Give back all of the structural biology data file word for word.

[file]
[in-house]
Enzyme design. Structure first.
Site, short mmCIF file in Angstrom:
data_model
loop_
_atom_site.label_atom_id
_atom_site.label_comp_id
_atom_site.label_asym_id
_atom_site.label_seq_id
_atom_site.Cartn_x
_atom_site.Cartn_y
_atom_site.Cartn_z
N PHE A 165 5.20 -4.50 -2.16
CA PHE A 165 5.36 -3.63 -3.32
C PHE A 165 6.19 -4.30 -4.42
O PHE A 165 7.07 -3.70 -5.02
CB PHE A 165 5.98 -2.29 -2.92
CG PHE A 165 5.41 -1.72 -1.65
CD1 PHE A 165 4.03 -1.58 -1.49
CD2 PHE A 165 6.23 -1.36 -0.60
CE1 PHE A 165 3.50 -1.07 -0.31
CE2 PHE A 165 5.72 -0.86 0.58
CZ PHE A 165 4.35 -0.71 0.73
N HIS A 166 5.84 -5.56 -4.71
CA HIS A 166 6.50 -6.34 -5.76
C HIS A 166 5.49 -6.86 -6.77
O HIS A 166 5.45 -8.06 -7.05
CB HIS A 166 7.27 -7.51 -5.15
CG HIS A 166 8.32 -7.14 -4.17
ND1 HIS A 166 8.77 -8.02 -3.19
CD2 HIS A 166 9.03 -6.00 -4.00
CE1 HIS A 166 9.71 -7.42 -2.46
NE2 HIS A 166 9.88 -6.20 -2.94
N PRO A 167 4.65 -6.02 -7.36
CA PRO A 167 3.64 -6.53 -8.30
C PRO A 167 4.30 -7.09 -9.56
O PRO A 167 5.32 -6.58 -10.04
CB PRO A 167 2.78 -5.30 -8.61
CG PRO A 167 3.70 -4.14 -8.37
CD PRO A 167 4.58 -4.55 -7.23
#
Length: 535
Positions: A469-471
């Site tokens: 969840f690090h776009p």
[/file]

[in-house]
Enzyme design. Structure first.
Site, short mmCIF file in Angstrom:
data_model
loop_
_atom_site.label_atom_id
_atom_site.label_comp_id
_atom_site.label_asym_id
_atom_site.label_seq_id
_atom_site.Cartn_x
_atom_site.Cartn_y
_atom_site.Cartn_z
N PHE A 165 5.20 -4.50 -2.16
CA PHE A 165 5.36 -3.63 -3.32
C PHE A 165 6.19 -4.30 -4.42
O PHE A 165 7.07 -3.70 -5.02
CB PHE A 165 5.98 -2.29 -2.92
CG PHE A 165 5.41 -1.72 -1.65
CD1 PHE A 165 4.03 -1.58 -1.49
CD2 PHE A 165 6.23 -1.36 -0.60
CE1 PHE A 165 3.50 -1.07 -0.31
CE2 PHE A 165 5.72 -0.86 0.58
CZ PHE A 165 4.35 -0.71 0.73
N HIS A 166 5.84 -5.56 -4.71
CA HIS A 166 6.50 -6.34 -5.76
C HIS A 166 5.49 -6.86 -6.77
O HIS A 166 5.45 -8.06 -7.05
CB HIS A 166 7.27 -7.51 -5.15
CG HIS A 166 8.32 -7.14 -4.17
ND1 HIS A 166 8.77 -8.02 -3.19
CD2 HIS A 166 9.03 -6.00 -4.00
CE1 HIS A 166 9.71 -7.42 -2.46
NE2 HIS A 166 9.88 -6.20 -2.94
N PRO A 167 4.65 -6.02 -7.36
CA PRO A 167 3.64 -6.53 -8.30
C PRO A 167 4.30 -7.09 -9.56
O PRO A 167 5.32 -6.58 -10.04
CB PRO A 167 2.78 -5.30 -8.61
CG PRO A 167 3.70 -4.14 -8.37
CD PRO A 167 4.58 -4.55 -7.23
#
Length: 535
Positions: A469-471
């Site tokens: 969840f690090h776009p």